The US Air Force has announced that F-35 maintenance experts are undertaking a seemingly “impossible” task – merging two aircraft previously damaged in accidents – to create a fully restored and operational F-35A Lightning II.
In a statement released on November 30, the US Air Force disclosed that the initiative, spearheaded by the F-35 Joint Program Office (JPO), demands a “dream team” comprising exceptionally qualified individuals from the JPO, the 388th Fighter Wing, the Ogden Air Logistics Complex, and Lockheed Martin.
Describing the initiative as a groundbreaking moment for the F-35 program, Dan Santos, F-35 JPO heavy maintenance manager, shared, “This is a first for the F-35 program and a very exciting project.”
The service explained that following a thorough feasibility study, the F-35 JPO, in collaboration with the 388th Fighter Wing, has chosen to reconstruct AF-211. This aircraft experienced a nose landing-gear separation incident in June 2020.
To achieve this, the damaged nose section of this aircraft is being replaced with the intact nose from AF-27, an F-35 that suffered a severe engine fire at Eglin AFB, Florida, back in 2014. AF-27 is utilized as an Air Force Air Battle Damage and Repair trainer stationed at Hill.
Moreover, “Along with Lockheed Martin, the F-35 Joint Program Office, and the 388th Fighter Wing, several units in the Ogden Air Logistics Complex, including the 570th Aircraft Maintenance Squadron, 576th Aircraft Maintenance Squadron, 809th Maintenance Support Squadron, and 309th Expeditionary Depot Maintenance Flight, are among the multiple units providing direct support,” according to the Hill Air Force Base.
Keith White, the contracting officer for the 388th Fighter Wing, highlighted that even though the jet is under the ownership of the 388th FW, it remains a component of an F-35 Joint Program Office (JPO) contract.
In this context, Lockheed is responsible for carrying out the required work. The service also specified that the project’s current status is notably ahead of schedule, with an anticipated completion date set for March 2025.
Why Is The JPO Pursuing This Program?
Over the past few years, the F-35 Joint Program Office (JPO) has actively sought opportunities to repurpose usable parts and systems from damaged F-35 aircraft and contribute to the ongoing efficiency of F-35 maintenance and operations.
Drawing from experience gained in recent salvage aircraft re-purpose projects, including establishing the first F-35 maintainer training facility and partially restoring a salvaged F-35 airframe for use as an Air Battle Damage Repair (ABDR) trainer, the F-35 JPO is now advancing these efforts with the “Franken-bird” project.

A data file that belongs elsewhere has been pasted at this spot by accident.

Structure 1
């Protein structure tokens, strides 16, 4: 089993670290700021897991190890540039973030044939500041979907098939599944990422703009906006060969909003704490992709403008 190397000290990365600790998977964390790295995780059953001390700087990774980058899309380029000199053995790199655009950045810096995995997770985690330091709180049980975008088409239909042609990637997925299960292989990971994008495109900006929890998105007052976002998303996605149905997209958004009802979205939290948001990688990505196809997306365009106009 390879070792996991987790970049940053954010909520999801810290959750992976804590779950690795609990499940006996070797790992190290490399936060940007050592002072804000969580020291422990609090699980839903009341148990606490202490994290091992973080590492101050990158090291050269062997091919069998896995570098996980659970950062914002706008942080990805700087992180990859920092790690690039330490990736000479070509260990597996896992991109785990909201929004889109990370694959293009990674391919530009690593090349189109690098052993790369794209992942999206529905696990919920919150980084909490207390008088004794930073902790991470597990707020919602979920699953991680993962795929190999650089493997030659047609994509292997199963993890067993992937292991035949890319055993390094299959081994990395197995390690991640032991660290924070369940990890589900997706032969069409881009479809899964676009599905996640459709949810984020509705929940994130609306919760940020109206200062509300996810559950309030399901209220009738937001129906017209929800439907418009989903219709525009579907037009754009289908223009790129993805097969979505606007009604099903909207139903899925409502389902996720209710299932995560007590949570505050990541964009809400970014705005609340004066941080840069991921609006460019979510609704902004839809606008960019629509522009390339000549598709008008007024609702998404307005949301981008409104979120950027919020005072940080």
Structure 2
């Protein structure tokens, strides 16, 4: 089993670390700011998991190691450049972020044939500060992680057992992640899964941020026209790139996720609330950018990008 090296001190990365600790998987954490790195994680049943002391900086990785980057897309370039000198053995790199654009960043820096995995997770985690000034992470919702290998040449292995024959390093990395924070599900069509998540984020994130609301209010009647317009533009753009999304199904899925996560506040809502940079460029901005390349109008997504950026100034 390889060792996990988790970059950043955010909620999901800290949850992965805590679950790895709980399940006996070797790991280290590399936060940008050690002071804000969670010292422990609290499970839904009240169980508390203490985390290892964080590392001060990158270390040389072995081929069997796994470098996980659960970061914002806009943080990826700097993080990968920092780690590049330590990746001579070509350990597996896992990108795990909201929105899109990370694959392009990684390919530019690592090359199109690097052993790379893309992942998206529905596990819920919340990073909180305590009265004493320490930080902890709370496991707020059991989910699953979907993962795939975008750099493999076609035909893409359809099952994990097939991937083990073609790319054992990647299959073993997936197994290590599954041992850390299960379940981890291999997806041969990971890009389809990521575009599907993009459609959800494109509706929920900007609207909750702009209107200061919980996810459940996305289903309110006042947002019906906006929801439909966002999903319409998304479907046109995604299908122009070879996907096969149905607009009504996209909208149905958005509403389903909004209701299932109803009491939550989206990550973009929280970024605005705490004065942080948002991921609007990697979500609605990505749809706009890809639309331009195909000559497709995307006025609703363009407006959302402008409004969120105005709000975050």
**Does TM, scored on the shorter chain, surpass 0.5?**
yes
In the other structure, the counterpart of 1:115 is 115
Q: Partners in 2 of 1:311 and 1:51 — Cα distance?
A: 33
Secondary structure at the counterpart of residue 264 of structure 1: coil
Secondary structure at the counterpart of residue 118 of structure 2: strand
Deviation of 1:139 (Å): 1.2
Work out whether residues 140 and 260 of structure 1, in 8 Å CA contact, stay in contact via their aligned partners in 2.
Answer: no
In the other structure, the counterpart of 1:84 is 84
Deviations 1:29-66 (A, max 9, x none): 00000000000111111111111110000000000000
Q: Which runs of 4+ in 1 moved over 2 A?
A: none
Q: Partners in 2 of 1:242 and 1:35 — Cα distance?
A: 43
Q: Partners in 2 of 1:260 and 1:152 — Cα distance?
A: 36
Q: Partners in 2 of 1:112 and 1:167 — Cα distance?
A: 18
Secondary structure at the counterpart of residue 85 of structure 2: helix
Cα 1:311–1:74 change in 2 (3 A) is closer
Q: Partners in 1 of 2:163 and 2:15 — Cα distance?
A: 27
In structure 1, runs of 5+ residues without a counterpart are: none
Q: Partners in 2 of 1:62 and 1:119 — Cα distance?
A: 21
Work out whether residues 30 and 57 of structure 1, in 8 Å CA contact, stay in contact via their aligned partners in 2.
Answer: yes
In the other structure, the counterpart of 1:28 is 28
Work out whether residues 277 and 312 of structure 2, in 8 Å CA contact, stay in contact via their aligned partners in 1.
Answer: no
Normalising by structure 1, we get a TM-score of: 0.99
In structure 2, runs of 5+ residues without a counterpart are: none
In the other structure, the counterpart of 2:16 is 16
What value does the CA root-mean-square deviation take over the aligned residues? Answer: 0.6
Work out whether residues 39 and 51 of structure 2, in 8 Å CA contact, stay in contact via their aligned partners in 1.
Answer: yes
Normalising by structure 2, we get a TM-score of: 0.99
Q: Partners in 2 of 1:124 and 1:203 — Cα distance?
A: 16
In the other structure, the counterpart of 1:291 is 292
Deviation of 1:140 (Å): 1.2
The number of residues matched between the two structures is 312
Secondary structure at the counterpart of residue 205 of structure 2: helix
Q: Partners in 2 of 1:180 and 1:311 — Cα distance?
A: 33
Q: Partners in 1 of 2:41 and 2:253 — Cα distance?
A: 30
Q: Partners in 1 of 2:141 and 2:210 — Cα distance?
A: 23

Leveraging a network of skilled professionals, resources, and facilities at Hill Air Force Base (AFB), the F-35 JPO initiated the project, with crucial support from the Ogden Air Logistics Complex, providing essential hangar space and heavy equipment.
The groundwork for this program began in January 2020 when the F-35 JPO approached Hill AFB, impressed by their previous accomplishments in significant damage restoration projects for the F-22, as noted by Scott Taylor, Lockheed Martin’s lead mechanical engineer.
For instance, in March 2023, the United States Air Force revealed that an F-22, damaged during a botched takeoff on April 13, 2018, once again took to the skies in May 2023, marking a successful five-year recovery effort.
With just 186 Raptors in the entire Air Force inventory, returning that formidable air-to-air fighter to operational status is a noteworthy accomplishment.
However, what distinguishes the latest project involving the F-35 is its comprehensive documentation to create standardized F-35 procedures rooted in a meticulous process. This marks a historic milestone in F-35 history, as noted by Taylor.
The Air Force said that new, specialized tooling, fixtures, and equipment have been designed and built to facilitate on-site work at Hill.
Notably, these tools are adaptable for transport and will benefit future operations in various locations, including forward operation areas.
Dave Myers, F-35 JPO Lightning Support Team lead engineer, noted the significance of this initiative in returning a combat asset to the warfighter and paving the way for repairing future mishap aircraft using the developed tooling, equipment, techniques, and knowledge.
While cannibalizing an aircraft might extend its recovery time, it played a pivotal role in expediting the return of the USAF’s fifth-generation aircraft to operational status and holds promise as a potentially cost-effective strategy.